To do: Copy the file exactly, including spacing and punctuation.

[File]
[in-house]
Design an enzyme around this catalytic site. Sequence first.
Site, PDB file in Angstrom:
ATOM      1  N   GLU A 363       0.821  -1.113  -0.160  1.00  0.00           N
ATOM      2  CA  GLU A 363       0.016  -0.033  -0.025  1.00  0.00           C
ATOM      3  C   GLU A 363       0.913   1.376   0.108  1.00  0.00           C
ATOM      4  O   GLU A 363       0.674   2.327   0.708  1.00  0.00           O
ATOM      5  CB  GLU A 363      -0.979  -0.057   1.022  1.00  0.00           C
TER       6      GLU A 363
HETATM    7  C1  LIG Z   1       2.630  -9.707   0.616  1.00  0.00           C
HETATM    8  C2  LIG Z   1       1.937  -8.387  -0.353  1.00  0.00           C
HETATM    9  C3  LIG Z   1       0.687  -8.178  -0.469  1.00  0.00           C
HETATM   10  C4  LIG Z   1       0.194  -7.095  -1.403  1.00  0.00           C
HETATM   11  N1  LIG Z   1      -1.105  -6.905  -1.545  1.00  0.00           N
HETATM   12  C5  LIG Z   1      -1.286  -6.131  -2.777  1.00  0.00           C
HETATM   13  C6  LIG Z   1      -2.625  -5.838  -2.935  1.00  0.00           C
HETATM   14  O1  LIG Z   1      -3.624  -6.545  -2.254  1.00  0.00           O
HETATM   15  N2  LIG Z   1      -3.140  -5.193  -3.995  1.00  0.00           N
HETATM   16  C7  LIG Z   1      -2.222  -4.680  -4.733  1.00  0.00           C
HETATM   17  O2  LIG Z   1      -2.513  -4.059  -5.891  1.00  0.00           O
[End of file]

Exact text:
[in-house]
Design an enzyme around this catalytic site. Sequence first.
Site, PDB file in Angstrom:
ATOM      1  N   GLU A 363       0.821  -1.113  -0.160  1.00  0.00           N
ATOM      2  CA  GLU A 363       0.016  -0.033  -0.025  1.00  0.00           C
ATOM      3  C   GLU A 363       0.913   1.376   0.108  1.00  0.00           C
ATOM      4  O   GLU A 363       0.674   2.327   0.708  1.00  0.00           O
ATOM      5  CB  GLU A 363      -0.979  -0.057   1.022  1.00  0.00           C
TER       6      GLU A 363
HETATM    7  C1  LIG Z   1       2.630  -9.707   0.616  1.00  0.00           C
HETATM    8  C2  LIG Z   1       1.937  -8.387  -0.353  1.00  0.00           C
HETATM    9  C3  LIG Z   1       0.687  -8.178  -0.469  1.00  0.00           C
HETATM   10  C4  LIG Z   1       0.194  -7.095  -1.403  1.00  0.00           C
HETATM   11  N1  LIG Z   1      -1.105  -6.905  -1.545  1.00  0.00           N
HETATM   12  C5  LIG Z   1      -1.286  -6.131  -2.777  1.00  0.00           C
HETATM   13  C6  LIG Z   1      -2.625  -5.838  -2.935  1.00  0.00           C
HETATM   14  O1  LIG Z   1      -3.624  -6.545  -2.254  1.00  0.00           O
HETATM   15  N2  LIG Z   1      -3.140  -5.193  -3.995  1.00  0.00           N
HETATM   16  C7  LIG Z   1      -2.222  -4.680  -4.733  1.00  0.00           C
HETATM   17  O2  LIG Z   1      -2.513  -4.059  -5.891  1.00  0.00           O